"Central Park Five" member Yusef Salaam announces candidacy for City Council District 9 seat
NEW YORK -- It's a New York City comeback story that would have been unimaginable some three decades ago.
One of the "Central Park Five" is running for City Council.
Yusef Salaam is one of the "Exonerated Five," as they are now known, the teenagers who were wrongly convicted of raping a woman in Central Park in 1989.
Their convictions were overturned in 2002 and in December saw their name etched in stone on a gate to the park.
Salaam, who spent seven years behind bars, is running in Council District 9, representing the heart of Harlem, where he grew up, and where CBS2's Maurice Dubois met with him to talk about his past and his future.
"At one point, the world thought you and the other four were literally trash," Dubois said.
"Yes," Salaam said. "They wanted to not only put me to death, but there's hate mail that I've received that they wanted to even put my mother to death, as well, for sure and creating, in their words, 'such an animal.'"
"Your names are basically etched in stone here. The Exonerated Five. Central Park. What a journey."
"Oh my goodness, beyond amazing, almost unreal," Salaam said. "We were the pariahs. We were consider the scum of the earth. They wanted to do to us what they had done to Emmett Till because they really judged us by the color of our skin, and not the content of our character."
"I mean, you grew up, right there."
"Yes. 1309 Fifth Ave.," Salaam said.
"Just down the street, 110th Street and Five Avenue. That is a mind-blowing concept. It has to be."
"Oh, my goodness, it is, you know, and not only that, I think to have your name restored, to have your family's name restored," Salaam said.
FLASHBACK: 'You have a hole that can't be filled': Yusef Salaam reveals pain after going from "Central Park Five" to "Exonerated Five"
"So what policies are you going to push or get behind to make happen if you win?"
"We're definitely looking at housing, and affordable housing, at that. We're looking at safety. We're looking at mental health. We're looking at education," Salaam said.
"The Tyre Nichols murder that we all saw on television, what was your reaction to that?"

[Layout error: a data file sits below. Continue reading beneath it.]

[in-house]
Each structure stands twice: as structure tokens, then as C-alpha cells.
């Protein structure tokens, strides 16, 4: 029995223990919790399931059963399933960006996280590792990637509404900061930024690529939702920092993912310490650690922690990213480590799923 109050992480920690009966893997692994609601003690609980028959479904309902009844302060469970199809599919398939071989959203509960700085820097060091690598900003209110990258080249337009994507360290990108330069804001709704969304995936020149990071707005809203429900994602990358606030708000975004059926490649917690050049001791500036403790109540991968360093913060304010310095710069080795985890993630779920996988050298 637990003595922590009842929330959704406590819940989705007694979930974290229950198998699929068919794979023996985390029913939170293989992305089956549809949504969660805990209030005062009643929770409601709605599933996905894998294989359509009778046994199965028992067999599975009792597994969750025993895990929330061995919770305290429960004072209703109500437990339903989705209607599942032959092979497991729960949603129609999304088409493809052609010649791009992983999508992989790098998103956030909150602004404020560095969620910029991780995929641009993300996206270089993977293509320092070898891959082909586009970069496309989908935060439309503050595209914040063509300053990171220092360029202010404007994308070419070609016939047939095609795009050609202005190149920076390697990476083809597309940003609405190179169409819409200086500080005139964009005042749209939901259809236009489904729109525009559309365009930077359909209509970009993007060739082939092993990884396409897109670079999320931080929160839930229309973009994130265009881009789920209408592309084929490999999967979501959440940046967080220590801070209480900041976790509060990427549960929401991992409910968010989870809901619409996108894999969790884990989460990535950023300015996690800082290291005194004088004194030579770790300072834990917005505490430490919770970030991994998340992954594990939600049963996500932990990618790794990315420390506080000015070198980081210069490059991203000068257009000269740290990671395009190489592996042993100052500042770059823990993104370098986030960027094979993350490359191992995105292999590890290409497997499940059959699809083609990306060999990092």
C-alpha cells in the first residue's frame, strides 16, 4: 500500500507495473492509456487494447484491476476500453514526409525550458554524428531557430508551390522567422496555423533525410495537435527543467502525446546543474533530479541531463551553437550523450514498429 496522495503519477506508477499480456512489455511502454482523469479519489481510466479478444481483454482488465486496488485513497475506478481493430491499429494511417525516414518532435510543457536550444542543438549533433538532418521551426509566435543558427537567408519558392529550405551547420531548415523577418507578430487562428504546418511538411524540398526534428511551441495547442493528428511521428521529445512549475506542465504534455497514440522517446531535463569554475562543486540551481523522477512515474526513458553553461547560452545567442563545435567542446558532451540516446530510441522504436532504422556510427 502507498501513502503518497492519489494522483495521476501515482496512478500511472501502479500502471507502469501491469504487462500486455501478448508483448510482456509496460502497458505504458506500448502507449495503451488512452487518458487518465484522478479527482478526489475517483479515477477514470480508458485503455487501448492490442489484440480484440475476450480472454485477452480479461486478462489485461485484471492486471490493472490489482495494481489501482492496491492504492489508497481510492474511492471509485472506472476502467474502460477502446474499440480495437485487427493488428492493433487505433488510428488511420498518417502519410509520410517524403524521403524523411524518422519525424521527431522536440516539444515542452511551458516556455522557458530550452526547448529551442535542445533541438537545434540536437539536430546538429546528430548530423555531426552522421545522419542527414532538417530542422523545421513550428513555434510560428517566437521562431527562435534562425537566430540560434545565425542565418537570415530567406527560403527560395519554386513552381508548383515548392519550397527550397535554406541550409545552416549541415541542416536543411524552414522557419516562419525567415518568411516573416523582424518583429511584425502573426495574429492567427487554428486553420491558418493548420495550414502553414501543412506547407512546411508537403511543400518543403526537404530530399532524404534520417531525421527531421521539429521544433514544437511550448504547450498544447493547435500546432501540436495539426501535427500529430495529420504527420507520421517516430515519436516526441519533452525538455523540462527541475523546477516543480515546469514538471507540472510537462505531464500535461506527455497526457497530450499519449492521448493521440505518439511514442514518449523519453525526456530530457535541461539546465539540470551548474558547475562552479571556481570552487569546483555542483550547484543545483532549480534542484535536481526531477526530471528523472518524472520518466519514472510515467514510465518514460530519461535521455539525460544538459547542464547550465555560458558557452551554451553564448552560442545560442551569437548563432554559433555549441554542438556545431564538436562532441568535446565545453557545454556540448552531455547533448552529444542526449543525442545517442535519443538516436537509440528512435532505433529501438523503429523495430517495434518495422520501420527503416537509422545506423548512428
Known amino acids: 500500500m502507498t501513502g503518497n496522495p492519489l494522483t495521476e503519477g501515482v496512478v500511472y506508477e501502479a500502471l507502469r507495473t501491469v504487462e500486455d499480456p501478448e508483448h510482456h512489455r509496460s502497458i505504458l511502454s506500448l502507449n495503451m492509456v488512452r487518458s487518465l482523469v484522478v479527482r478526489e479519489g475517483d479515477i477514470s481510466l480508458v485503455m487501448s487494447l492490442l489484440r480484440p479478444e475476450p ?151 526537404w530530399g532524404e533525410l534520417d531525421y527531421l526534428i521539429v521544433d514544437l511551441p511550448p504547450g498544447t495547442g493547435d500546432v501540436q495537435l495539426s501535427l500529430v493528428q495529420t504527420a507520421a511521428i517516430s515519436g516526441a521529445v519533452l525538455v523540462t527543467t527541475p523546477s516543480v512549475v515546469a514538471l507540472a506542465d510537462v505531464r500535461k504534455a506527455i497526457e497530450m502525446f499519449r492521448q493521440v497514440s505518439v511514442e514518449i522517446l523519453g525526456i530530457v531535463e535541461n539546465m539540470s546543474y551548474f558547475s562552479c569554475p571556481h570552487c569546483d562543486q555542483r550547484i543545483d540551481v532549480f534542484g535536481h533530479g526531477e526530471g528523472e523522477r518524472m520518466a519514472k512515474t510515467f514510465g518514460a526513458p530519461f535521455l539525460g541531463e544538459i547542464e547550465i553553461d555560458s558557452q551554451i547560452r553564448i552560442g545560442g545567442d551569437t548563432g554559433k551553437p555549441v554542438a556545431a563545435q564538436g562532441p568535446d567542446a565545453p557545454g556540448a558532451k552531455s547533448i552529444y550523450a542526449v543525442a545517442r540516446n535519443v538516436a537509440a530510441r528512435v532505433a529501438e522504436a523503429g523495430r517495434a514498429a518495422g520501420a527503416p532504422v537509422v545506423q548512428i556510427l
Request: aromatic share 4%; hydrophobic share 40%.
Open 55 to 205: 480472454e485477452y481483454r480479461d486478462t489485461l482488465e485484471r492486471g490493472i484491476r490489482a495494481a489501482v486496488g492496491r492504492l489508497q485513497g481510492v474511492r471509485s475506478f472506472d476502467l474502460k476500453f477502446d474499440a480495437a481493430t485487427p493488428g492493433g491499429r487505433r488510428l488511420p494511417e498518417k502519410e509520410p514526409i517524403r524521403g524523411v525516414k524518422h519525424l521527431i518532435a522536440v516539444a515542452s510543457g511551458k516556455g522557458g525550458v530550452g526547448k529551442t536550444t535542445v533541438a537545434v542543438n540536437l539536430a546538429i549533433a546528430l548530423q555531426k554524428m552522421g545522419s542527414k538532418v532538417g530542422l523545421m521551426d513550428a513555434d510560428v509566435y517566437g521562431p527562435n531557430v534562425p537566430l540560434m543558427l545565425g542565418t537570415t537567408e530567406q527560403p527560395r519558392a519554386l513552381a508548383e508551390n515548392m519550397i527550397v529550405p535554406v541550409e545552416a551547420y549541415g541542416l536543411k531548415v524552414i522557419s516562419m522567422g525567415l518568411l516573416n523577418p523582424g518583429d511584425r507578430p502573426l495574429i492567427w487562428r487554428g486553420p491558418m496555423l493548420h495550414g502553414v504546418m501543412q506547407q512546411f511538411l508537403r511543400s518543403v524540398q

"Here, yet again, is a young man crying out for his mother, crying out for help," Salaam said.
"You relate to that?"
"I am Tyre Nichols," Salaam said. "Now he's yet another example of why we need to look at policing and say, how do we fix this system?"
"So what do you do?"
"You have to have components of training. I think part of the challenge is if police officers are protecting the communities that they live in, that's a whole different spectrum," Salaam said.
"Are you going to try to propose that, try to make that happen? You've got to live, say in Harlem, if you're a Harlem cop?"
"You have to live in Harlem if you're a Harlem cop. Why? Because you offer a certain level of protection, and because you are also one of the members of our community, you also expect a certain level of protection," Salaam said.
FLASHBACK: The "Central Park Five" speak with Maurice DuBois
"You'll be one, if you win, one of 51 council members, one voice. You can't just pronounce policy and things happen."
"You know, think that the great thing about me is I've been, I've been having to figure out ways to have a coalition and work within the coalition," Salaam said.
"What's the lesson of your life story?"
"You have to hold on, that every single one of us were born on purpose, and born with a purpose. And the beauty of that is that we know this because we made it. And we were chosen, we survived. And here we are. And in Harlem, I see people surviving. I want us to thrive," Salaam said.
Salaam is facing at least five other candidates in the race for Council District 9, including incumbent Kristin Richardson Jordan and Assembly members Inez Dickens and Al Taylor.
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